The sharing economy grows, as survey finds nationwide "disownership" trend

Shareable/Screen capture

Cat Johnson at Shareable points to a new survey that finds there is "a nationwide trend toward "disownership” that crosses age, geographic and cultural boundaries."

More than half (52%) of the 2,000-plus Americans surveyed have rented, leased or borrowed items including cars, bikes, clothing, vacation homes, tools or home appliances in the last year, rather than buying them. A resounding 83% said that they would rent, lease or borrow these items if they could do so easily. The leading reasons given for this growing “disownership” were saving money and cutting down on storage and/or maintenance.

The survey also found that the 24% of Americans 55 years of age or older were more likely to rent, lease or borrow traditionally owned items today than they were five years ago. More than half of those aged 45-54 have done so in the last two years. Of respondents in the Midwest, 46% plan to “disown” items in the next two years. In the South, that number jumps to 50%.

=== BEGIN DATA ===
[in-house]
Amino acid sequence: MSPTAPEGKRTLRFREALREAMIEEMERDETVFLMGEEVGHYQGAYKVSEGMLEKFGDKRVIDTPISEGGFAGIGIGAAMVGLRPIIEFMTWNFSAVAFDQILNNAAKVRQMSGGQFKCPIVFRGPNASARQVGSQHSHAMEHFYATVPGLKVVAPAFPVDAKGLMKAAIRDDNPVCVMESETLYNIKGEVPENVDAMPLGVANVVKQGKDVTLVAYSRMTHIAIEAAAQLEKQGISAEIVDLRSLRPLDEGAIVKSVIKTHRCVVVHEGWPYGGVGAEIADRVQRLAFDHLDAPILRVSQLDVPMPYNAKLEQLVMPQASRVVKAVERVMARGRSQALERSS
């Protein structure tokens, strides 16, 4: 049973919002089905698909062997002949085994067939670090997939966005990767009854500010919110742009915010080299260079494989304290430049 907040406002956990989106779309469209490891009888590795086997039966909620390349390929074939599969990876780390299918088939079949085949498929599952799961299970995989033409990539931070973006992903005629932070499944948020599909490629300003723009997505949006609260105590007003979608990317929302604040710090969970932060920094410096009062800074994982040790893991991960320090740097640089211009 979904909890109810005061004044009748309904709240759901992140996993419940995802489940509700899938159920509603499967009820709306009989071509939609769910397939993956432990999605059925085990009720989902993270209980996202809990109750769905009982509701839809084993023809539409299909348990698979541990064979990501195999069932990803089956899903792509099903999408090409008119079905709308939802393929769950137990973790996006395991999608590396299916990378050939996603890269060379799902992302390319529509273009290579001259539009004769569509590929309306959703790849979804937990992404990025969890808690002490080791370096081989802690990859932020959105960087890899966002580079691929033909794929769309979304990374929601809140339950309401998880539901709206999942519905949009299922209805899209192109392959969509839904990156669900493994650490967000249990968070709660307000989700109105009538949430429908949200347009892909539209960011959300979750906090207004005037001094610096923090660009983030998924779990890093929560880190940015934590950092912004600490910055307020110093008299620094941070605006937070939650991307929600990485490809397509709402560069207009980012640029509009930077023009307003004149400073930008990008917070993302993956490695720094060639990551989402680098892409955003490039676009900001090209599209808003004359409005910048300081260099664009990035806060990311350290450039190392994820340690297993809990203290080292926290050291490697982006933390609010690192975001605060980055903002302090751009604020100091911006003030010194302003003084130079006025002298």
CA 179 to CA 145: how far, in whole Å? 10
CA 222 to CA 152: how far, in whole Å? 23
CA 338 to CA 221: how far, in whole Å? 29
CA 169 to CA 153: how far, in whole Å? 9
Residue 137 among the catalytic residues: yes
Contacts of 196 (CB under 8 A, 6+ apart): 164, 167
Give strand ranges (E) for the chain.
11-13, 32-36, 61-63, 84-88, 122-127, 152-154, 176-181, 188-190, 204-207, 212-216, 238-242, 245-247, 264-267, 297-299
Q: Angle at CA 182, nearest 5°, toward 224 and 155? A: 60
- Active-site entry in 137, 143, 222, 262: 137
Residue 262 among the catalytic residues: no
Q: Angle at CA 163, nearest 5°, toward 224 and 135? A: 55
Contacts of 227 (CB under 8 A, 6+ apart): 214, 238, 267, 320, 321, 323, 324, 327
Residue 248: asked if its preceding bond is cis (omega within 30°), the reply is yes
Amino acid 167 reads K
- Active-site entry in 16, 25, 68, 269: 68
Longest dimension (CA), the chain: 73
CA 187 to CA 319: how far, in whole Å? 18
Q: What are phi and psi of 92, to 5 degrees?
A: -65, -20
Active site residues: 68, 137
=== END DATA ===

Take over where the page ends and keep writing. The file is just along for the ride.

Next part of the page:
We're big fans of the sharing economy, so it is nice to see this trend moving out of the coastal cities and taking hold in the Midwest and South, as well.

However, Adam Werbach wonders about the framing: "I do have to question the choice of words -- "to disown" connotes casting out a family member."

He raises a good point. For these ideas of rethinking consumerism and ownership, it is important that the idea of living with less is seen as being less, but better, not a painful sacrifice.

See an infographic related to the research below:

Tags: Consumerism | Economics

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